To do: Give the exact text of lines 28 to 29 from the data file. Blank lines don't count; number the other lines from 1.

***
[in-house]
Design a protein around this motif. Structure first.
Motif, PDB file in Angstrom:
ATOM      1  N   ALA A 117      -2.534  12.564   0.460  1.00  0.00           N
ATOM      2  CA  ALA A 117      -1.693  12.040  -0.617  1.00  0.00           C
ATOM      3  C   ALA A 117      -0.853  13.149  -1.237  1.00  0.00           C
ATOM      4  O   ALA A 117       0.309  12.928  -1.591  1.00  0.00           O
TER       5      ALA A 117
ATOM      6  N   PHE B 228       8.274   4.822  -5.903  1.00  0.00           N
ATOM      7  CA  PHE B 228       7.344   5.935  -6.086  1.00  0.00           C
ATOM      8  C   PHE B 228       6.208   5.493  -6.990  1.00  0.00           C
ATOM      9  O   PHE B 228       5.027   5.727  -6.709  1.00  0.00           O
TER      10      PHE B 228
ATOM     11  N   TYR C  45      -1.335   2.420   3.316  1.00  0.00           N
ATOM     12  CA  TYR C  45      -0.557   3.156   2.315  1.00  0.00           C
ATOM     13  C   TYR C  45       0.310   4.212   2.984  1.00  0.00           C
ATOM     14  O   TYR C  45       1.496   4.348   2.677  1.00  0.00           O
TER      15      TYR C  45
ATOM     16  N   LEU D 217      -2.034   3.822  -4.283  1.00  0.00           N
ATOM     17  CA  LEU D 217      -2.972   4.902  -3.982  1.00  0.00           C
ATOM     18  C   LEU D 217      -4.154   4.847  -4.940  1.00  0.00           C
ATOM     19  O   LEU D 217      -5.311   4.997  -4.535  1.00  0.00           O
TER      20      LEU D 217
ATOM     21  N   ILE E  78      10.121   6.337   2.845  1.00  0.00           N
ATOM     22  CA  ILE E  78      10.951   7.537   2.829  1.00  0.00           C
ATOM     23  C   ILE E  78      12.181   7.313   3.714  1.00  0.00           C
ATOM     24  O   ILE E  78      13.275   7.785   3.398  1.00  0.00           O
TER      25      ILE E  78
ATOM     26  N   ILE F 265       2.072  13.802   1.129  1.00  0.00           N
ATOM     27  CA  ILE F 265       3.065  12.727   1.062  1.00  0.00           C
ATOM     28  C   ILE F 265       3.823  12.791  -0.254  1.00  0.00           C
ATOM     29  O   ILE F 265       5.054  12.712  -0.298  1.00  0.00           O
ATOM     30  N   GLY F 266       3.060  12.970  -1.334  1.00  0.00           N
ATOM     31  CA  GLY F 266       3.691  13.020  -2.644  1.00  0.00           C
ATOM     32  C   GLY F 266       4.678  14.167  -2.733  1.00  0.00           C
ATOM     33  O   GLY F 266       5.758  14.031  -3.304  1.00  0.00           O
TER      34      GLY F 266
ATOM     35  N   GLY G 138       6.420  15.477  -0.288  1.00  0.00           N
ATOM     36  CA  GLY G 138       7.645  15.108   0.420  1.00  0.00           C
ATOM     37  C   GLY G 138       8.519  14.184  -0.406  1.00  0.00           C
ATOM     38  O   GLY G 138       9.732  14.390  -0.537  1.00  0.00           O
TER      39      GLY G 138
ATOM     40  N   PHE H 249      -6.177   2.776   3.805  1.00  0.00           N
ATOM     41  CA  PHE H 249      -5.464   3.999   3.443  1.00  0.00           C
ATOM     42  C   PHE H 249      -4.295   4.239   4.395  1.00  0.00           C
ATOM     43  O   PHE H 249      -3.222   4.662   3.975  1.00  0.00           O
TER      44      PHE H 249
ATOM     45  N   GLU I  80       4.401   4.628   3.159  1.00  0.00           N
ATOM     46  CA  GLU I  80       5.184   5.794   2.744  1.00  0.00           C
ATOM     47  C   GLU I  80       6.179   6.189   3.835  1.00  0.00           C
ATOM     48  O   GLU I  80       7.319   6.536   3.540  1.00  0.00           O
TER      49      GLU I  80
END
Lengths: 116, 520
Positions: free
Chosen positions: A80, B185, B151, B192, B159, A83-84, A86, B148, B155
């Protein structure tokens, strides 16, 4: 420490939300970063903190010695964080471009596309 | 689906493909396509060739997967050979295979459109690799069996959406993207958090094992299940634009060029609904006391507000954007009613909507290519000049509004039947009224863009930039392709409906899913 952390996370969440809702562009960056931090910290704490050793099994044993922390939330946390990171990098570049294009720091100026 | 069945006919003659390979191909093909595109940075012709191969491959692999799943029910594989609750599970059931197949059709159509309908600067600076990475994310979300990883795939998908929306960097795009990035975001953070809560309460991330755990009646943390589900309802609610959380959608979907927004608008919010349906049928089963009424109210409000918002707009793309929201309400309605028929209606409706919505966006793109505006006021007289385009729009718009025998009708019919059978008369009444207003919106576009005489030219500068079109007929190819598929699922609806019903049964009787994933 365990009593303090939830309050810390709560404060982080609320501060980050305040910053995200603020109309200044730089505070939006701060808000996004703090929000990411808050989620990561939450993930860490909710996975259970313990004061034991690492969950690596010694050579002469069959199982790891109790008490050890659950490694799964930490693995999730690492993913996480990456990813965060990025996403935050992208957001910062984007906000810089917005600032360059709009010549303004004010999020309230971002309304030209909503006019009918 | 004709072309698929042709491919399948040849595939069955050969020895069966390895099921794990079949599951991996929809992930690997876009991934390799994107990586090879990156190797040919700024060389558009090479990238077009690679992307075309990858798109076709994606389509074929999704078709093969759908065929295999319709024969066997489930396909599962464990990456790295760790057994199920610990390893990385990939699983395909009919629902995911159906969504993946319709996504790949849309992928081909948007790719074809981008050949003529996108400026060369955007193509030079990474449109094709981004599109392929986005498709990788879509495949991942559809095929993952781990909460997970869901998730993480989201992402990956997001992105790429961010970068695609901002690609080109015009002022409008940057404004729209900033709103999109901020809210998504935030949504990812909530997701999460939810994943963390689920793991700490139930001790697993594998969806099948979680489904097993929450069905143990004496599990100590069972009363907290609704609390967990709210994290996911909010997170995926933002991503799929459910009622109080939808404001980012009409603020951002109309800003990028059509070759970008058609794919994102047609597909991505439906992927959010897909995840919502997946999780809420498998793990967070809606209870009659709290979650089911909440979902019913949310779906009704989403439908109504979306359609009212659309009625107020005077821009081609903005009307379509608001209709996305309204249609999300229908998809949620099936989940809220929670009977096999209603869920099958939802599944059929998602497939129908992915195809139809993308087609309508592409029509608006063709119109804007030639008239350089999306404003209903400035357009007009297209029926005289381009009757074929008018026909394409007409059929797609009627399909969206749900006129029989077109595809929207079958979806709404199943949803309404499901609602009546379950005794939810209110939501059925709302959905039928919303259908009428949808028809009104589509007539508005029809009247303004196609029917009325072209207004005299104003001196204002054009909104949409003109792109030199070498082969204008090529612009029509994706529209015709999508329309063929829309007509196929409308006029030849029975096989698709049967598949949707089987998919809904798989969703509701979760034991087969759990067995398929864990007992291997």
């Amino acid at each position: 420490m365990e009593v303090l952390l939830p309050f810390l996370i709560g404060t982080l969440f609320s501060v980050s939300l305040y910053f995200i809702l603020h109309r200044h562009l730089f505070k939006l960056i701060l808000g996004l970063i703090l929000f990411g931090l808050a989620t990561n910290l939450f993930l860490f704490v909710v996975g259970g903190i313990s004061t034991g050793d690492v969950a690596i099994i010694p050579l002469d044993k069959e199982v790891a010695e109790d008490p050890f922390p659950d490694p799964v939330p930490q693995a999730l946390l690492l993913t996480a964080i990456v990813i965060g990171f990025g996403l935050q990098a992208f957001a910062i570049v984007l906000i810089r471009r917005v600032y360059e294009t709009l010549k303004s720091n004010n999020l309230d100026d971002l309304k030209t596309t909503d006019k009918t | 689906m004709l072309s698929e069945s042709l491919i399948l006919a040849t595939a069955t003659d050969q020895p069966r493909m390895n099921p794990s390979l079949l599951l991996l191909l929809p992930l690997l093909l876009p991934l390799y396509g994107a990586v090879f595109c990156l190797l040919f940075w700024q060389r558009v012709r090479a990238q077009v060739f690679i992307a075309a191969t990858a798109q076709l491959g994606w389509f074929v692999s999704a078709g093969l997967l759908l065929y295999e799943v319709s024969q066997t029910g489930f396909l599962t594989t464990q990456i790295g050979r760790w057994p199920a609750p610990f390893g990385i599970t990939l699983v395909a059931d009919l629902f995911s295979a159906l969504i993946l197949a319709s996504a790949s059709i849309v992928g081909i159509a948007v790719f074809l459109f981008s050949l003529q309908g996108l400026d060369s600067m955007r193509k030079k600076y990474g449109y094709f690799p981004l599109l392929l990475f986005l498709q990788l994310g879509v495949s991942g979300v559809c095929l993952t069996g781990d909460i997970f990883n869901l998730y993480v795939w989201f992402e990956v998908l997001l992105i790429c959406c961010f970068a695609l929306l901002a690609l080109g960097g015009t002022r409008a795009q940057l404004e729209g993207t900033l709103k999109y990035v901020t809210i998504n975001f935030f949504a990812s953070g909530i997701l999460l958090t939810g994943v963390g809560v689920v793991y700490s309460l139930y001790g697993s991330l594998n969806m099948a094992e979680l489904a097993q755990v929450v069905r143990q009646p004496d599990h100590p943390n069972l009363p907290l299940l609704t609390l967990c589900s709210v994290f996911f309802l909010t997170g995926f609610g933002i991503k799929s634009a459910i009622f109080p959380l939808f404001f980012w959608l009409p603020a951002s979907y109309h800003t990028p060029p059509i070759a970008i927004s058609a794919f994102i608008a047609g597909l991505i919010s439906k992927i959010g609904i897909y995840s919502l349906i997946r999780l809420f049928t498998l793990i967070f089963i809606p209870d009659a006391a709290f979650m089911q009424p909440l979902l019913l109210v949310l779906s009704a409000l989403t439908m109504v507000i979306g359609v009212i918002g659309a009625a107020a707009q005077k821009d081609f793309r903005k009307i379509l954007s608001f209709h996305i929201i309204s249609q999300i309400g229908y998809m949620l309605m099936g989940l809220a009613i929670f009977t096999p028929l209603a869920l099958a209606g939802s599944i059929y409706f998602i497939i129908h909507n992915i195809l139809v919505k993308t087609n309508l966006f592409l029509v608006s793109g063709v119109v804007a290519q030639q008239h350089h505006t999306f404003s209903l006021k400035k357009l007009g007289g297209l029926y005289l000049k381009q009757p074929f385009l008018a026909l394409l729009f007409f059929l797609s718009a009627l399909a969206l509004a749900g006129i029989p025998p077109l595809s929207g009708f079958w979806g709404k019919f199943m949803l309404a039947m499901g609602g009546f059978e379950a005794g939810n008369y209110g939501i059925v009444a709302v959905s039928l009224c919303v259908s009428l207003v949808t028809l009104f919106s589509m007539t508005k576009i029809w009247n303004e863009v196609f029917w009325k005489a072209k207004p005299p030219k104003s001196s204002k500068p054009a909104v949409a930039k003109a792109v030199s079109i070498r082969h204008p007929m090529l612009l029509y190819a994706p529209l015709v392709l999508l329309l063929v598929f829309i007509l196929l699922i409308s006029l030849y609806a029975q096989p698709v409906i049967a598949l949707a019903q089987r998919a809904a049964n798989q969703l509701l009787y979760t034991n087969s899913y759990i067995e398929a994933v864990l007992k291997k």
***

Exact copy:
TER      25      ILE E  78
ATOM     26  N   ILE F 265       2.072  13.802   1.129  1.00  0.00           N